One of the largest challenges with this protocol has to do with preventing abuse and spam when the subscribers communicate updates back to the publisher. There are a few concerns that we need to address here:
How can the publisher ensure that the updated content is coming from a trusted source?
How can the publisher prevent spam or abuse if it is accepting content from a number of subscribers?
How can the publisher ensure the quality of the updates?
The Salmon protocol seeks to solve these problems by providing information about the source of the update through the upstream request. Specifically, each Salmon request has a verifiable author and user agent that the publisher can use to determine trusted content sources.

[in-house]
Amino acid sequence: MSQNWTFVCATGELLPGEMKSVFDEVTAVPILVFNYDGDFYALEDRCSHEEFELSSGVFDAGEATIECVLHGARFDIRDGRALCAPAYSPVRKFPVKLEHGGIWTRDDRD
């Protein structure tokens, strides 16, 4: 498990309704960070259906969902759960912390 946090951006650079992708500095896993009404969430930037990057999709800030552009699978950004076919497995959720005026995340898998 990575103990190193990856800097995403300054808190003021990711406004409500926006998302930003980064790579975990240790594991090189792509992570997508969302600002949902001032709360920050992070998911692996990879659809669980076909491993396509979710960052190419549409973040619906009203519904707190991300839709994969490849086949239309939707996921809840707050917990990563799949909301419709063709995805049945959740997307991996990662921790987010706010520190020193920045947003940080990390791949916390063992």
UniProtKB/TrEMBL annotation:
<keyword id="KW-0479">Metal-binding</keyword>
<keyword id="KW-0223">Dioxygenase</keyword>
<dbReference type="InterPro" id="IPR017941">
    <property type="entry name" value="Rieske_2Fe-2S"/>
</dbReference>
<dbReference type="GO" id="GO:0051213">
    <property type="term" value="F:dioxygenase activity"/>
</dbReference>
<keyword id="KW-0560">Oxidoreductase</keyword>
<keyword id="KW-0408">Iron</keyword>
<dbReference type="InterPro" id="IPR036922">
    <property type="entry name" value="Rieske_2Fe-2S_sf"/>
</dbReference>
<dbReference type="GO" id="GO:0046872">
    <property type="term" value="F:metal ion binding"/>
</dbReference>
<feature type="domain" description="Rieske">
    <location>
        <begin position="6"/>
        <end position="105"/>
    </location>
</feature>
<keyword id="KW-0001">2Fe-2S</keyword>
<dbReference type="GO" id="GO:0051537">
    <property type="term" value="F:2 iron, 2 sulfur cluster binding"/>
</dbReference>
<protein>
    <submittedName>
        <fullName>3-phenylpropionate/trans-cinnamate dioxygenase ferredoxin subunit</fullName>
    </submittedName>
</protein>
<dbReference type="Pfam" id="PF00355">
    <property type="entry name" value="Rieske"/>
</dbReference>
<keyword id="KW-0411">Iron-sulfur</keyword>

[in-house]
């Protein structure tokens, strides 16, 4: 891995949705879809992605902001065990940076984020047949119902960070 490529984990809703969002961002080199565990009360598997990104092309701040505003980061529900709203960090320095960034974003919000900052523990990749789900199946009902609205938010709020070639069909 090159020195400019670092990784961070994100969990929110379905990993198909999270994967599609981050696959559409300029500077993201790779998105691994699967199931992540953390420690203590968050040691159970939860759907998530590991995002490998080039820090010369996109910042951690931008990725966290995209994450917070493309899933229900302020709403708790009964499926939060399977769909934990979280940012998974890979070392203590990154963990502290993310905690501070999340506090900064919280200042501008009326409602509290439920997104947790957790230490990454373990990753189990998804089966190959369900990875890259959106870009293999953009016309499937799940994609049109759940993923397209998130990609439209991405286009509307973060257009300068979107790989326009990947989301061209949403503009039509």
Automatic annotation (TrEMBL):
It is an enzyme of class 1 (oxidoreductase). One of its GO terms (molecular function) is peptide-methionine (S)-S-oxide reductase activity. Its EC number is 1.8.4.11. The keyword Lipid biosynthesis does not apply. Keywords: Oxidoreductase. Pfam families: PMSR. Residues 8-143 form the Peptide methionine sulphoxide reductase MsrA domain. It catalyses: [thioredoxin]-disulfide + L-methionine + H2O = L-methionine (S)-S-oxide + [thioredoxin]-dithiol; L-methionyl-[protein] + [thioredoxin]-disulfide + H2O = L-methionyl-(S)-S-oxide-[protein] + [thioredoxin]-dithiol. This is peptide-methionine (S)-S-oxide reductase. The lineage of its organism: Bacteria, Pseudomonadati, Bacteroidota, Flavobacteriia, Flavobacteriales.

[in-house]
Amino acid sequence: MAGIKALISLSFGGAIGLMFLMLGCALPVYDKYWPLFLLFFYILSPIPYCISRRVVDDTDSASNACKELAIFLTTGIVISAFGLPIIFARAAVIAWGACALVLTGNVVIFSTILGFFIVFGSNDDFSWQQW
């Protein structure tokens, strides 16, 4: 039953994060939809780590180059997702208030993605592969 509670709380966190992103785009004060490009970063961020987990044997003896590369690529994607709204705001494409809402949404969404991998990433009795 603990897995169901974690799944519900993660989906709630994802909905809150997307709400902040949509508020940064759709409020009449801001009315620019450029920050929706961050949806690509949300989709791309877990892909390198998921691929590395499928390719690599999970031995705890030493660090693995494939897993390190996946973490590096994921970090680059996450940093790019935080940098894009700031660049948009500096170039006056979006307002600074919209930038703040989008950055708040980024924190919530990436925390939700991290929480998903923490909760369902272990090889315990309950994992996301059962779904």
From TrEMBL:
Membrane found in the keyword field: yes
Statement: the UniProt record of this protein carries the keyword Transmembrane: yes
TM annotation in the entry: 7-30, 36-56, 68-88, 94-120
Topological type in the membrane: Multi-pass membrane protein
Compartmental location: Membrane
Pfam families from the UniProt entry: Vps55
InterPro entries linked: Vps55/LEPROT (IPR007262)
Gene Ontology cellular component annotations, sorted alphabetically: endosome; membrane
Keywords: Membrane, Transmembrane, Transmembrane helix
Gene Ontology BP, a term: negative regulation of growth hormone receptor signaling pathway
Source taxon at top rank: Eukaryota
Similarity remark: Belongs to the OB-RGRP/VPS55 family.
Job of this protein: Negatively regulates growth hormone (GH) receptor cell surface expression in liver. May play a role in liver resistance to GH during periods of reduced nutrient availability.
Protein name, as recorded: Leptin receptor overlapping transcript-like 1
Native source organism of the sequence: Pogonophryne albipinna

At a basic level, a publisher can follow certain steps to determine if the source of the Salmon update is valid. Let’s look at a simple example to showcase what this security flow may look like:
A subscriber site, subscriber.example.com, sends a Salmon request to the content publisher. The subscriber authors and signs the request with acct:firstname.lastname@example.org.
The publisher receives the Salmon request and uses protocols such as WebFinger, XRD, or LRDD (Link-based Resource Descriptor) to discover the identity provider (IdP) for acct:email@example.com. If the IdP turns out to be owned by subscriber.example.com, then the publisher will continue with the verification process.
The publisher then verifies the signature using retrieved ...